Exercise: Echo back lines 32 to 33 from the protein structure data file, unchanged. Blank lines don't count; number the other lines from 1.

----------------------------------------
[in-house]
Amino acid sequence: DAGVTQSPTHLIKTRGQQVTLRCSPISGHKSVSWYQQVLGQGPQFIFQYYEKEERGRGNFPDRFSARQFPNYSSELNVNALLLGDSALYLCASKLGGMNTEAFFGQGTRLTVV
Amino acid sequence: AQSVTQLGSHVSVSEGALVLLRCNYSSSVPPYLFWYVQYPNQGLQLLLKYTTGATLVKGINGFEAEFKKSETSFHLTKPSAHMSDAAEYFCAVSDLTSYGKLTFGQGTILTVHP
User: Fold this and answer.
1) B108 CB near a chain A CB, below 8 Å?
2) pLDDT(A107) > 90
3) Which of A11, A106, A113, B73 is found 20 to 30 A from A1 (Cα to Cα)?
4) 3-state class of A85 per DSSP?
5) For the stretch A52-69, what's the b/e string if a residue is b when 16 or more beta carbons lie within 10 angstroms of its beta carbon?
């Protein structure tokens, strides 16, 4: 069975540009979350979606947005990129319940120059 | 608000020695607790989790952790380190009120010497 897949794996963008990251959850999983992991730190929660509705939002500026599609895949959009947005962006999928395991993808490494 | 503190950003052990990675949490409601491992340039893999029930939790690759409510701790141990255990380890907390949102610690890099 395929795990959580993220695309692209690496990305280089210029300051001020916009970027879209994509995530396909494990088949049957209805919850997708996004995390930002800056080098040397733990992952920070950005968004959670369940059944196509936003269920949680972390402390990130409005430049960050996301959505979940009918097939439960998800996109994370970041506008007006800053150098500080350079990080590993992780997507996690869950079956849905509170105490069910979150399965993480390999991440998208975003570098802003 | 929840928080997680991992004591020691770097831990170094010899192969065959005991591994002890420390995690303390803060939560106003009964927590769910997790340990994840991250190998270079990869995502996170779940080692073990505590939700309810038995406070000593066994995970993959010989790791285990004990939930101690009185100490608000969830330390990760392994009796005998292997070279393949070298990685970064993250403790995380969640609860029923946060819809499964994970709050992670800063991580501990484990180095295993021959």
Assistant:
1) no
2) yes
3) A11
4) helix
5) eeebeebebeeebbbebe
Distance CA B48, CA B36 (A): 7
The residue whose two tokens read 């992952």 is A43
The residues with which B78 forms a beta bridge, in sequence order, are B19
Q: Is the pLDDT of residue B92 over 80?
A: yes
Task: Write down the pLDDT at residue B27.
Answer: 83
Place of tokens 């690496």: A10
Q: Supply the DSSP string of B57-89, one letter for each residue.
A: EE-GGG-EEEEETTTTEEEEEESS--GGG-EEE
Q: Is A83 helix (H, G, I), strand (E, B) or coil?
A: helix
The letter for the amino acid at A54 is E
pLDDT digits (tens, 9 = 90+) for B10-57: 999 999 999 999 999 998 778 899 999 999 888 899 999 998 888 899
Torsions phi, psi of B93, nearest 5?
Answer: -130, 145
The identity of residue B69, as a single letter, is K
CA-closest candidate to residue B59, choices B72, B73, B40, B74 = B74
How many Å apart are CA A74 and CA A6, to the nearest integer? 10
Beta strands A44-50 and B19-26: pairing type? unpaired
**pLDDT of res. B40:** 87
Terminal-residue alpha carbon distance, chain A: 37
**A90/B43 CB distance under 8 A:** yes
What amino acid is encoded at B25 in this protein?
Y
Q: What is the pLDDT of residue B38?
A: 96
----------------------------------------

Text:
Answer: -130, 145
The identity of residue B69, as a single letter, is K